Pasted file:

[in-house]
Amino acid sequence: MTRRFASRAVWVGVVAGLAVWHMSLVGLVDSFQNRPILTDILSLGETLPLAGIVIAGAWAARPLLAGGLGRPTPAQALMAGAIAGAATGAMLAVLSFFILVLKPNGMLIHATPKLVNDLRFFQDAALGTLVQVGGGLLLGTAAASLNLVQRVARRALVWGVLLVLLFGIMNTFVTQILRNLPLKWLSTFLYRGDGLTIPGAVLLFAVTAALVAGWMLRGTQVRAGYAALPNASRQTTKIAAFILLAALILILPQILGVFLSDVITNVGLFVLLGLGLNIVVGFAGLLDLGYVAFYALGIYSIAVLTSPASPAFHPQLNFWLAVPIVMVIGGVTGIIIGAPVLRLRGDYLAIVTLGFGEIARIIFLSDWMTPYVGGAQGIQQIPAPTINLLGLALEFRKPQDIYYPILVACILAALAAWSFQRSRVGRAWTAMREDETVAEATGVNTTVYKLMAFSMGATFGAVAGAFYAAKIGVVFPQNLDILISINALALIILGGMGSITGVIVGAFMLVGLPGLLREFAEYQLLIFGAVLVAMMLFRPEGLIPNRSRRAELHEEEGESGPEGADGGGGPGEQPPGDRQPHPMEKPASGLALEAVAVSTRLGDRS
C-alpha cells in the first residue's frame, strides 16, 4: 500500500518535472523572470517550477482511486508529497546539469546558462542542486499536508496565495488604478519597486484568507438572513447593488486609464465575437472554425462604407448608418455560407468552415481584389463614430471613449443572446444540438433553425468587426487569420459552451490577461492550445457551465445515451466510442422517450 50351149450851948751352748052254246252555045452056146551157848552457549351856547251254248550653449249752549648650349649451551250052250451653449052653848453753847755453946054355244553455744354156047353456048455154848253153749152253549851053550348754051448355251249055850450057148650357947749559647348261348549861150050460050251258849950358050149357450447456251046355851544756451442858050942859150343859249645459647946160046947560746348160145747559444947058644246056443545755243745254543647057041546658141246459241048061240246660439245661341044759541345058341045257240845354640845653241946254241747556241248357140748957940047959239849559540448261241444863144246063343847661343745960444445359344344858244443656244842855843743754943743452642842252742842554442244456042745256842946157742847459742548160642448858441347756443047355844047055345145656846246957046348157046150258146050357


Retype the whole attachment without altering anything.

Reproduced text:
[in-house]
Amino acid sequence: MTRRFASRAVWVGVVAGLAVWHMSLVGLVDSFQNRPILTDILSLGETLPLAGIVIAGAWAARPLLAGGLGRPTPAQALMAGAIAGAATGAMLAVLSFFILVLKPNGMLIHATPKLVNDLRFFQDAALGTLVQVGGGLLLGTAAASLNLVQRVARRALVWGVLLVLLFGIMNTFVTQILRNLPLKWLSTFLYRGDGLTIPGAVLLFAVTAALVAGWMLRGTQVRAGYAALPNASRQTTKIAAFILLAALILILPQILGVFLSDVITNVGLFVLLGLGLNIVVGFAGLLDLGYVAFYALGIYSIAVLTSPASPAFHPQLNFWLAVPIVMVIGGVTGIIIGAPVLRLRGDYLAIVTLGFGEIARIIFLSDWMTPYVGGAQGIQQIPAPTINLLGLALEFRKPQDIYYPILVACILAALAAWSFQRSRVGRAWTAMREDETVAEATGVNTTVYKLMAFSMGATFGAVAGAFYAAKIGVVFPQNLDILISINALALIILGGMGSITGVIVGAFMLVGLPGLLREFAEYQLLIFGAVLVAMMLFRPEGLIPNRSRRAELHEEEGESGPEGADGGGGPGEQPPGDRQPHPMEKPASGLALEAVAVSTRLGDRS
C-alpha cells in the first residue's frame, strides 16, 4: 500500500518535472523572470517550477482511486508529497546539469546558462542542486499536508496565495488604478519597486484568507438572513447593488486609464465575437472554425462604407448608418455560407468552415481584389463614430471613449443572446444540438433553425468587426487569420459552451490577461492550445457551465445515451466510442422517450 50351149450851948751352748052254246252555045452056146551157848552457549351856547251254248550653449249752549648650349649451551250052250451653449052653848453753847755453946054355244553455744354156047353456048455154848253153749152253549851053550348754051448355251249055850450057148650357947749559647348261348549861150050460050251258849950358050149357450447456251046355851544756451442858050942859150343859249645459647946160046947560746348160145747559444947058644246056443545755243745254543647057041546658141246459241048061240246660439245661341044759541345058341045257240845354640845653241946254241747556241248357140748957940047959239849559540448261241444863144246063343847661343745960444445359344344858244443656244842855843743754943743452642842252742842554442244456042745256842946157742847459742548160642448858441347756443047355844047055345145656846246957046348157046150258146050357